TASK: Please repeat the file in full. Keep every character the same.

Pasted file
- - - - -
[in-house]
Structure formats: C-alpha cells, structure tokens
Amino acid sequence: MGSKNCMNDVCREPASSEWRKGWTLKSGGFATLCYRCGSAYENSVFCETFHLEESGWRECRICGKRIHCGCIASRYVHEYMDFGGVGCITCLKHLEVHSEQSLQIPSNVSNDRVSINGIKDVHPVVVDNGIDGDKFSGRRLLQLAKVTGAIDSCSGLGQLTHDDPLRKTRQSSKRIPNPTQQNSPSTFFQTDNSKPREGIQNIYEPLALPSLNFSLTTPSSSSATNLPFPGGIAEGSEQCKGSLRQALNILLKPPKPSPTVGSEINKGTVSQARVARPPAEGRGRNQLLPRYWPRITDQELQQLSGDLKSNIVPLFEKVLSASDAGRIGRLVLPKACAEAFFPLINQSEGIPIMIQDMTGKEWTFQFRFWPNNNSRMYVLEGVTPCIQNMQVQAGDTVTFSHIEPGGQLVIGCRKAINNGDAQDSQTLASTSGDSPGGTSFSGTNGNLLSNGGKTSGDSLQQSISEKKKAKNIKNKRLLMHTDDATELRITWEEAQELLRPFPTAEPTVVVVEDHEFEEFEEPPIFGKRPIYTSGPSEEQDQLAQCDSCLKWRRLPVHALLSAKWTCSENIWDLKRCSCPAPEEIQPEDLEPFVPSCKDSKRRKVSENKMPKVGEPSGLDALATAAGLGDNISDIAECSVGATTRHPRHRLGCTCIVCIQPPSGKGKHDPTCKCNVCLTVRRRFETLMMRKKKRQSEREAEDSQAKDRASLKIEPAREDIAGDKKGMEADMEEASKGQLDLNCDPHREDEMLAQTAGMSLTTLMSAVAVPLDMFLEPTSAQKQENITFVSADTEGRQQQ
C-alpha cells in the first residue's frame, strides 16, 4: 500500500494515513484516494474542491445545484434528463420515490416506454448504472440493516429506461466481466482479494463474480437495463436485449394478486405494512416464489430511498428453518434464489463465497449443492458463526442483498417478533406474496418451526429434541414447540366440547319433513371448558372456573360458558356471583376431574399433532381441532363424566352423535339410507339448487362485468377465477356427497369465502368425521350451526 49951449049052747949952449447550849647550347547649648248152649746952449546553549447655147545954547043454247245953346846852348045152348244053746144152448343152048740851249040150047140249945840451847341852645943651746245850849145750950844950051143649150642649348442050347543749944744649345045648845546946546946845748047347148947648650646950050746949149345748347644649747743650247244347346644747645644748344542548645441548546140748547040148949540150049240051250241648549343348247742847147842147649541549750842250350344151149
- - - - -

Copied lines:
[in-house]
Structure formats: C-alpha cells, structure tokens
Amino acid sequence: MGSKNCMNDVCREPASSEWRKGWTLKSGGFATLCYRCGSAYENSVFCETFHLEESGWRECRICGKRIHCGCIASRYVHEYMDFGGVGCITCLKHLEVHSEQSLQIPSNVSNDRVSINGIKDVHPVVVDNGIDGDKFSGRRLLQLAKVTGAIDSCSGLGQLTHDDPLRKTRQSSKRIPNPTQQNSPSTFFQTDNSKPREGIQNIYEPLALPSLNFSLTTPSSSSATNLPFPGGIAEGSEQCKGSLRQALNILLKPPKPSPTVGSEINKGTVSQARVARPPAEGRGRNQLLPRYWPRITDQELQQLSGDLKSNIVPLFEKVLSASDAGRIGRLVLPKACAEAFFPLINQSEGIPIMIQDMTGKEWTFQFRFWPNNNSRMYVLEGVTPCIQNMQVQAGDTVTFSHIEPGGQLVIGCRKAINNGDAQDSQTLASTSGDSPGGTSFSGTNGNLLSNGGKTSGDSLQQSISEKKKAKNIKNKRLLMHTDDATELRITWEEAQELLRPFPTAEPTVVVVEDHEFEEFEEPPIFGKRPIYTSGPSEEQDQLAQCDSCLKWRRLPVHALLSAKWTCSENIWDLKRCSCPAPEEIQPEDLEPFVPSCKDSKRRKVSENKMPKVGEPSGLDALATAAGLGDNISDIAECSVGATTRHPRHRLGCTCIVCIQPPSGKGKHDPTCKCNVCLTVRRRFETLMMRKKKRQSEREAEDSQAKDRASLKIEPAREDIAGDKKGMEADMEEASKGQLDLNCDPHREDEMLAQTAGMSLTTLMSAVAVPLDMFLEPTSAQKQENITFVSADTEGRQQQ
C-alpha cells in the first residue's frame, strides 16, 4: 500500500494515513484516494474542491445545484434528463420515490416506454448504472440493516429506461466481466482479494463474480437495463436485449394478486405494512416464489430511498428453518434464489463465497449443492458463526442483498417478533406474496418451526429434541414447540366440547319433513371448558372456573360458558356471583376431574399433532381441532363424566352423535339410507339448487362485468377465477356427497369465502368425521350451526 49951449049052747949952449447550849647550347547649648248152649746952449546553549447655147545954547043454247245953346846852348045152348244053746144152448343152048740851249040150047140249945840451847341852645943651746245850849145750950844950051143649150642649348442050347543749944744649345045648845546946546946845748047347148947648650646950050746949149345748347644649747743650247244347346644747645644748344542548645441548546140748547040148949540150049240051250241648549343348247742847147842147649541549750842250350344151149